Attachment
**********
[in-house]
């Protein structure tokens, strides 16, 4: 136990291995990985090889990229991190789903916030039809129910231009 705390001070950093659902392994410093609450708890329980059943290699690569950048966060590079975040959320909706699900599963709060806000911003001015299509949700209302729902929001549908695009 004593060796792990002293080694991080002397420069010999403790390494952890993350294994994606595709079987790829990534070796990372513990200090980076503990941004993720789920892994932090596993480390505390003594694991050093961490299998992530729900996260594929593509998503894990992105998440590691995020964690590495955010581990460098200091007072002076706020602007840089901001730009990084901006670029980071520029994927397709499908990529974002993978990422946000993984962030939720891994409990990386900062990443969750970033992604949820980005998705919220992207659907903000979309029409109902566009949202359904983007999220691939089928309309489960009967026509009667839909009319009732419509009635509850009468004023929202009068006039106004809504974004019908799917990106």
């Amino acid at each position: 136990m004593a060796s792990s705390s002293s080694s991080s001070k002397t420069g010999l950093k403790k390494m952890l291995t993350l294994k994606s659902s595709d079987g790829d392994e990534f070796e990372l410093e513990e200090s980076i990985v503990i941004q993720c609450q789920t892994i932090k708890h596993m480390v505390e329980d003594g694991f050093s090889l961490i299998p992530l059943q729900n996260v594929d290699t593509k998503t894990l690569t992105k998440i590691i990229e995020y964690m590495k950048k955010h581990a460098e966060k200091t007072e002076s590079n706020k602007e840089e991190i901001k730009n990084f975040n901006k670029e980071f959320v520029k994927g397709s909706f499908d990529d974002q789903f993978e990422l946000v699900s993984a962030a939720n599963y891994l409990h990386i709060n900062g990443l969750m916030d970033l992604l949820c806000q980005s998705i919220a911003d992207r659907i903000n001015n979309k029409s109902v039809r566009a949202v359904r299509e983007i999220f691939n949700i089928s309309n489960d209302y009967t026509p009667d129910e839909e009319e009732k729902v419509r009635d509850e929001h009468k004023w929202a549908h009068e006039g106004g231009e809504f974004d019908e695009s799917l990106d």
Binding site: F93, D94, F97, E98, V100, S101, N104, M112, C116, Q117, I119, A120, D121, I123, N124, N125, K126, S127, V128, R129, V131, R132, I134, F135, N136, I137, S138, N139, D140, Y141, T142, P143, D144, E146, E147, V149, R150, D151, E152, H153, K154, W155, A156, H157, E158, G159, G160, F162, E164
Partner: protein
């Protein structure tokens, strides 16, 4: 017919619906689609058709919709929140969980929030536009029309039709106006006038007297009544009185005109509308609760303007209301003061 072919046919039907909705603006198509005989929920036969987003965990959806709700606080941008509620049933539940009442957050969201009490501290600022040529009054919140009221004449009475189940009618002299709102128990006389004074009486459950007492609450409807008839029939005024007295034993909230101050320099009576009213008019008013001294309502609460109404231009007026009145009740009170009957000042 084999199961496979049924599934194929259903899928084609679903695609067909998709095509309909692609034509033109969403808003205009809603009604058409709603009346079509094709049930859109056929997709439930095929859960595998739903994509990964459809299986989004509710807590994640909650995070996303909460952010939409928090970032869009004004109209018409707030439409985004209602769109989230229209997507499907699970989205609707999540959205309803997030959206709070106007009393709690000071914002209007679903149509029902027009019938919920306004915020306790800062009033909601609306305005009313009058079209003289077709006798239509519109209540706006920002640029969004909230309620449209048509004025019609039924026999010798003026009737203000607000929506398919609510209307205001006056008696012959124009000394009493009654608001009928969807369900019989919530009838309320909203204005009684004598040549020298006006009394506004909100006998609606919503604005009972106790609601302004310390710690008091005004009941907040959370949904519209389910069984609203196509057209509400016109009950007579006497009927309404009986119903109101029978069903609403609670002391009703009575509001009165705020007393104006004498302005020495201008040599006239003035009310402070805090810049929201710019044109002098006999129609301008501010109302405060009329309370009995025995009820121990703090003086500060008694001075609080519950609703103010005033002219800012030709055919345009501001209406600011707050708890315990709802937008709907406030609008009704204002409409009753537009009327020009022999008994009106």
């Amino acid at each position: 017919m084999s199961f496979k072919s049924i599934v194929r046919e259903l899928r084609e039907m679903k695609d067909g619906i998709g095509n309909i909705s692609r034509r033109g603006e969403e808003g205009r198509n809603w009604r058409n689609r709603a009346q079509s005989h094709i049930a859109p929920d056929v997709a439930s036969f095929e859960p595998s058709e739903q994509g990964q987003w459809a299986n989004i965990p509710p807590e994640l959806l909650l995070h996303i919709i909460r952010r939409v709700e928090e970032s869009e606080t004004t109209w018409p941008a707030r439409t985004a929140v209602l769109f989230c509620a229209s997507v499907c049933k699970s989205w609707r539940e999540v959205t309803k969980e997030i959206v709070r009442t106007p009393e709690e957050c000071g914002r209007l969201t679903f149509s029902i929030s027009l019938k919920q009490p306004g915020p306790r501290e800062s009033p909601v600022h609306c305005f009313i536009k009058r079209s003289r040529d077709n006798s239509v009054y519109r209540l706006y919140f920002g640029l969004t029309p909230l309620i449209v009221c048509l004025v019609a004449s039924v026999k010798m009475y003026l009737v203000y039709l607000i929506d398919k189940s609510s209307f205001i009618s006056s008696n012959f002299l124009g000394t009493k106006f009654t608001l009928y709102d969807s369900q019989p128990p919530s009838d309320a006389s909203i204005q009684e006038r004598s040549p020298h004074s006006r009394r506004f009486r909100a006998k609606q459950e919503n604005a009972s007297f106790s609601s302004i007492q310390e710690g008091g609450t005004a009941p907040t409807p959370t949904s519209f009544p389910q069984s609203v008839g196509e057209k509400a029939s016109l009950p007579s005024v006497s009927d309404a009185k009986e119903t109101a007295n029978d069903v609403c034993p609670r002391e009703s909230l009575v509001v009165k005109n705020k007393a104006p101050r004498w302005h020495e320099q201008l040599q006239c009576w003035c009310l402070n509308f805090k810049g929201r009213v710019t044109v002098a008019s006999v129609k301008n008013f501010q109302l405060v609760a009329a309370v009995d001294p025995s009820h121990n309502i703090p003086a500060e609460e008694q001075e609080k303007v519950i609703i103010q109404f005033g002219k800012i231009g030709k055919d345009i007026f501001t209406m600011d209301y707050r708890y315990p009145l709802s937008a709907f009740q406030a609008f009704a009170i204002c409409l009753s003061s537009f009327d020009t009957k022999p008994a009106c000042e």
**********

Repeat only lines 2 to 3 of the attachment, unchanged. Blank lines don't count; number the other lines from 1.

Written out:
């Protein structure tokens, strides 16, 4: 136990291995990985090889990229991190789903916030039809129910231009 705390001070950093659902392994410093609450708890329980059943290699690569950048966060590079975040959320909706699900599963709060806000911003001015299509949700209302729902929001549908695009 004593060796792990002293080694991080002397420069010999403790390494952890993350294994994606595709079987790829990534070796990372513990200090980076503990941004993720789920892994932090596993480390505390003594694991050093961490299998992530729900996260594929593509998503894990992105998440590691995020964690590495955010581990460098200091007072002076706020602007840089901001730009990084901006670029980071520029994927397709499908990529974002993978990422946000993984962030939720891994409990990386900062990443969750970033992604949820980005998705919220992207659907903000979309029409109902566009949202359904983007999220691939089928309309489960009967026509009667839909009319009732419509009635509850009468004023929202009068006039106004809504974004019908799917990106």
């Amino acid at each position: 136990m004593a060796s792990s705390s002293s080694s991080s001070k002397t420069g010999l950093k403790k390494m952890l291995t993350l294994k994606s659902s595709d079987g790829d392994e990534f070796e990372l410093e513990e200090s980076i990985v503990i941004q993720c609450q789920t892994i932090k708890h596993m480390v505390e329980d003594g694991f050093s090889l961490i299998p992530l059943q729900n996260v594929d290699t593509k998503t894990l690569t992105k998440i590691i990229e995020y964690m590495k950048k955010h581990a460098e966060k200091t007072e002076s590079n706020k602007e840089e991190i901001k730009n990084f975040n901006k670029e980071f959320v520029k994927g397709s909706f499908d990529d974002q789903f993978e990422l946000v699900s993984a962030a939720n599963y891994l409990h990386i709060n900062g990443l969750m916030d970033l992604l949820c806000q980005s998705i919220a911003d992207r659907i903000n001015n979309k029409s109902v039809r566009a949202v359904r299509e983007i999220f691939n949700i089928s309309n489960d209302y009967t026509p009667d129910e839909e009319e009732k729902v419509r009635d509850e929001h009468k004023w929202a549908h009068e006039g106004g231009e809504f974004d019908e695009s799917l990106d």